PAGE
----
Yahoo Answers is the gift that keeps on giving. Whenever I'm feeling down and out, I head on over to YA to cheer myself up. The level of WTF-edness over there is just endless. But unfortunately I've noticed a trend that's kind of sad. There are literally hundreds of sex and pregnancy questions, presumably written by teens, that show just how dismal the state of sexual education is. Questions not only about the basic mechanics of one's body, but also about emotions and sex. Some of them are humorous, most are heartbreaking, and all of them show a serious lack of knowledge about sexual health. These kids (and some adults) shouldn't have to feel like random Internet strangers are their only recourse for finding this information. Below are 15, but I could easily have shown you 50.
1. Could I be pregnant?
That last line slays me. Not only is this kid being let down by a lack of sex ed at school, but she can't even turn to her parents (ya know, the folks conservatives say should be teaching sex ed) for help. I highly doubt this girl is pregnant, but if she is, she's at risk of getting too far along to terminate because she's too afraid to ask for help. She shouldn't have to be afraid.
2. He came inside me last week.
I'm not even going to touch on the consent issue I feel was betrayed here since I don't have enough info to really know what happened, but I do wonder if she lives in an area where abortion isn't an option. "Force a period" sounds uncomfortably close to coat hanger territory, and no one should ever feel that desperate.
3. Can you get pregnant from being fingers on your period?
I don't know how old this girl is, but judging from the quality of the writing, I would guess old enough that she should have at least a basic understanding of how pregnancy works. The fact that she doesn't is heartbreaking.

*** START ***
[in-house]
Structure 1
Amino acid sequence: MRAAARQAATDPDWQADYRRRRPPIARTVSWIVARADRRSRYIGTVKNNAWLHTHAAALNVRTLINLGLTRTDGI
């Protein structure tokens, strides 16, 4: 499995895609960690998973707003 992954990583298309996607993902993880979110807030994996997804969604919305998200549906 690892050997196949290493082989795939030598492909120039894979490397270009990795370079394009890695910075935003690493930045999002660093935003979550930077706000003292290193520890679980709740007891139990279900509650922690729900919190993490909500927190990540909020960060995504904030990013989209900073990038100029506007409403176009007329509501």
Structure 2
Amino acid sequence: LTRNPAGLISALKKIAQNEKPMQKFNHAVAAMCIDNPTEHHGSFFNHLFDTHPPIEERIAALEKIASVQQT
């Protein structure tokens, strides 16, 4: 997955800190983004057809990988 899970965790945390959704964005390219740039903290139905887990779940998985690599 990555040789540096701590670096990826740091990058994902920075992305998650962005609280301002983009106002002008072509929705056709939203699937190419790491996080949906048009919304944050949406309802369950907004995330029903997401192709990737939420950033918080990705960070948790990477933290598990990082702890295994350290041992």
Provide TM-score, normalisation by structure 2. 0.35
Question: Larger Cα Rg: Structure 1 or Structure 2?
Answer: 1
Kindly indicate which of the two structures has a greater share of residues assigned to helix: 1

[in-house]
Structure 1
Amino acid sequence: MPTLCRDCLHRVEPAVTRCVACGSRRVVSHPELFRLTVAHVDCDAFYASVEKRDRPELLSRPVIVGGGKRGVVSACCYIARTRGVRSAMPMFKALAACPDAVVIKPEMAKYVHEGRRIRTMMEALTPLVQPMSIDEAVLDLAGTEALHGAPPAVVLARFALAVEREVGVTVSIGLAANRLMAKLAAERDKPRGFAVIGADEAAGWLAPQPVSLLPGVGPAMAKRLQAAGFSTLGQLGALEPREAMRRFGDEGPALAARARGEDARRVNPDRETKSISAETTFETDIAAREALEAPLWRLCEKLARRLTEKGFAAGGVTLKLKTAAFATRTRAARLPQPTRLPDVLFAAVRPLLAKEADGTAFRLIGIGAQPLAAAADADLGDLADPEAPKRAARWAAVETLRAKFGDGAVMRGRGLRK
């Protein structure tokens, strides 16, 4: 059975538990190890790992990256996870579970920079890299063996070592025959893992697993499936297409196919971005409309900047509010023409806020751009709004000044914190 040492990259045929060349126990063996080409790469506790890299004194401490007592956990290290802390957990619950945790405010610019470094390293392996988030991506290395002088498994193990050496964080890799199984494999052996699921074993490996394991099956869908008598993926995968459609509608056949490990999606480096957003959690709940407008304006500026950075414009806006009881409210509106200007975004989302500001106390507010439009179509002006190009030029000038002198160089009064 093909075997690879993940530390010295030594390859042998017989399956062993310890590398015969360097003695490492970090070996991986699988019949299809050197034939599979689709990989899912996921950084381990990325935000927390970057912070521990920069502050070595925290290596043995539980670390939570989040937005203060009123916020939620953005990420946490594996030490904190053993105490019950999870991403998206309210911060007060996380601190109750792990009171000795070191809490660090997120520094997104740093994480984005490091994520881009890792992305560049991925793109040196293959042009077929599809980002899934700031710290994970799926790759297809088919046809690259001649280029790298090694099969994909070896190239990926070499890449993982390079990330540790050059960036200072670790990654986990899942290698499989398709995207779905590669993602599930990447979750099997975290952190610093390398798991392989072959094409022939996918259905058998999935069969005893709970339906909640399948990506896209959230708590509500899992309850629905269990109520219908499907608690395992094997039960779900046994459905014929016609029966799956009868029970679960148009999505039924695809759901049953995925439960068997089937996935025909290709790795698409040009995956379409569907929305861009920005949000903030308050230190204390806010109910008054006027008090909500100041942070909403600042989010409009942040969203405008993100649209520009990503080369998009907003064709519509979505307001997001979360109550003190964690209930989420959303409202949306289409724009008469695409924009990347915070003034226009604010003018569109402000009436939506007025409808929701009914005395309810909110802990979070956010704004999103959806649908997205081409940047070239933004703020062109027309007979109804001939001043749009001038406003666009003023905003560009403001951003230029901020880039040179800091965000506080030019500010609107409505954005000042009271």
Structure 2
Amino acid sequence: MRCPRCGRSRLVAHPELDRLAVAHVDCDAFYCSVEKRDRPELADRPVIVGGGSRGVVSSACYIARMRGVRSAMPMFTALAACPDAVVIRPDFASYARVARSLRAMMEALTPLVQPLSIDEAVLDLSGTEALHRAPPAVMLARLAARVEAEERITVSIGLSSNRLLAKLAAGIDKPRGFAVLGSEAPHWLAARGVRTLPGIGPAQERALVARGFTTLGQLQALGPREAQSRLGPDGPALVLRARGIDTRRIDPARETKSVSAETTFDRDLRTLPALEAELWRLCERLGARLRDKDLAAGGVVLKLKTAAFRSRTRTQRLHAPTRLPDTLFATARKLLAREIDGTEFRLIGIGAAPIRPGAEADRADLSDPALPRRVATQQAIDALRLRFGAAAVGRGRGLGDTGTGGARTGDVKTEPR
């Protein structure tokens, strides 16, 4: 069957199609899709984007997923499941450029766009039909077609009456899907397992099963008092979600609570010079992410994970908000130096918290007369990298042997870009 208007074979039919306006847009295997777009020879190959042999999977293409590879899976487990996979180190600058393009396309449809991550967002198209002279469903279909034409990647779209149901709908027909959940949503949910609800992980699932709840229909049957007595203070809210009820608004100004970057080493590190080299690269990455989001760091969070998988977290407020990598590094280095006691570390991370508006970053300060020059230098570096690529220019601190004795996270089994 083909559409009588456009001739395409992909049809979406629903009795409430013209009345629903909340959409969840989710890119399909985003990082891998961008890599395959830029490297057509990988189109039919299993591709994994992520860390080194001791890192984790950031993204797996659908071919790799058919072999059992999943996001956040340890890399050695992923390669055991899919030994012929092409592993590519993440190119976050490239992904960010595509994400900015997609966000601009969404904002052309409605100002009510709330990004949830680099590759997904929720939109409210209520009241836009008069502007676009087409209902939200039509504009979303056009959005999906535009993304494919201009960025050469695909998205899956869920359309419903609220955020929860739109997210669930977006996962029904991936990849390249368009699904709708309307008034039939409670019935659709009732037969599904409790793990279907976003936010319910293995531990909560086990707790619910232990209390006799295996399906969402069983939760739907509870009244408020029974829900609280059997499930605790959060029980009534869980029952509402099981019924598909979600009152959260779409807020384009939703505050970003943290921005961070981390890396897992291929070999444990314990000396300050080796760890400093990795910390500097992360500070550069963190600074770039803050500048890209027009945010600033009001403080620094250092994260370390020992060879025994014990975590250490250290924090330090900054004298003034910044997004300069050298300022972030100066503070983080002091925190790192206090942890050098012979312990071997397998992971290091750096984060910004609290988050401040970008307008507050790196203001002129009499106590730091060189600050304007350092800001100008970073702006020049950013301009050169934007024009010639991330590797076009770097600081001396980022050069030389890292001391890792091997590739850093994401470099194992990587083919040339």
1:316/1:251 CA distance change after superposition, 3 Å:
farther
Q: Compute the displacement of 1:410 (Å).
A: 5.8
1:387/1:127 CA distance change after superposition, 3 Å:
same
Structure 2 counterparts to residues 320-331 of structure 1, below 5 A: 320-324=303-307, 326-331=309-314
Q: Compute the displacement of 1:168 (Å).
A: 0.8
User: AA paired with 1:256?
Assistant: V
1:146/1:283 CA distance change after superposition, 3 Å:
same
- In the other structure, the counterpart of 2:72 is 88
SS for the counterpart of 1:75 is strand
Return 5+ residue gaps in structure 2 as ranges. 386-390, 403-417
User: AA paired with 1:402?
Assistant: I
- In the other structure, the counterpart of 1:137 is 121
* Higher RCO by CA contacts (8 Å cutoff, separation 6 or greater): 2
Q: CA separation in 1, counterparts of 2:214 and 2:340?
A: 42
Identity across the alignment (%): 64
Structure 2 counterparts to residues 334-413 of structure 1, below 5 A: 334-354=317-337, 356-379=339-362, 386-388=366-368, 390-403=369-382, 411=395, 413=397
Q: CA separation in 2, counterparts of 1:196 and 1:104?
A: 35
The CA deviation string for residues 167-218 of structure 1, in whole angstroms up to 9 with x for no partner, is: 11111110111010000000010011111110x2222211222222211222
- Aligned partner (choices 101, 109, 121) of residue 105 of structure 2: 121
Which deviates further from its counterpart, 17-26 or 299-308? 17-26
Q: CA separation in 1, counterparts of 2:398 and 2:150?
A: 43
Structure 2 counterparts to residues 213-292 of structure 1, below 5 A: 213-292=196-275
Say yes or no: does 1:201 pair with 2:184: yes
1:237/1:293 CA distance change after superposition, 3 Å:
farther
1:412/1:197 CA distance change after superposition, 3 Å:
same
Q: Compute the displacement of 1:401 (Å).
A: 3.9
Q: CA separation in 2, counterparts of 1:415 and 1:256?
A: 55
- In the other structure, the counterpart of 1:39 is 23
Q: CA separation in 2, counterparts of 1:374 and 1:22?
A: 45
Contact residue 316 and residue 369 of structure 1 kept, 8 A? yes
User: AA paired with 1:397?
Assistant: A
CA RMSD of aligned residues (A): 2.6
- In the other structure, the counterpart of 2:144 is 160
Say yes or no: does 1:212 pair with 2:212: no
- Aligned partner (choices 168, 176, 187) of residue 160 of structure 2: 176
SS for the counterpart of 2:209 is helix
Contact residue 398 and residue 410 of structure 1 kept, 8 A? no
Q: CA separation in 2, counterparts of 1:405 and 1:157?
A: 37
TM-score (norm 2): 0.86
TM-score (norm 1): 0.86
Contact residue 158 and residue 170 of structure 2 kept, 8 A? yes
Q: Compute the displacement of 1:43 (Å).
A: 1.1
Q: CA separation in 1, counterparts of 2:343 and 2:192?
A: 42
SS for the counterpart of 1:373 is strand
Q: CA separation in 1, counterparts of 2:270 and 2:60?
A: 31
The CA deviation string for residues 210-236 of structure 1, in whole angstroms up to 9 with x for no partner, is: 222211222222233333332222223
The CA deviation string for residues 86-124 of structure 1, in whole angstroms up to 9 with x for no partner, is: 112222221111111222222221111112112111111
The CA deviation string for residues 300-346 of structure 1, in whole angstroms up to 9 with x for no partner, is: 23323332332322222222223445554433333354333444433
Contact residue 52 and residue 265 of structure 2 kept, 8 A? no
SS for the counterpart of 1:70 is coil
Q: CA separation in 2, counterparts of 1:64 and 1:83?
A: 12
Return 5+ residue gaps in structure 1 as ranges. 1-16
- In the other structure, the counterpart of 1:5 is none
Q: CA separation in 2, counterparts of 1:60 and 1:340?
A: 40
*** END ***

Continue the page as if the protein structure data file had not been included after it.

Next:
4. Pregnant on the Depo!?
This question gets me particularly angry because this kid already has a child and it's obvious that no one thought to help her have a basic understanding of her body. Not her parents, not her OBGYN, no one. I'm angry not just because she has a baby and therefore had a whole host of risks and issues surrounding pregnancy and delivery, but because they then put her on Depo and didn't think to educate her on the risks and benefits of the drug.
5. Is it possible to kill an unborn baby with salt?
I seriously doubt this is a legitimate question about her "friend," first of all. Secondly, from what I've read saline abortions are dangerous and rarely performed. The most frustrating part is that even when I Googled saline abortions to try to find more info, I was inundated with anti-choice sites giving out false information.
6. Birth control?!?!
This girl sounds perfectly reasonable and intelligent. She's mindful about the potential risks of having sex before she's ready, and eager to learn more about her birth control options. She should have access to that information. Period.
7. It hurts when I take out a tampon?
It kind sounds like this kid has an issue like PCOS or something similar, which makes it even more important that she have access to not only information but adequate reproductive health care, two things in limited supply (at least here in the U.S.).
8. Is masturbating healthy?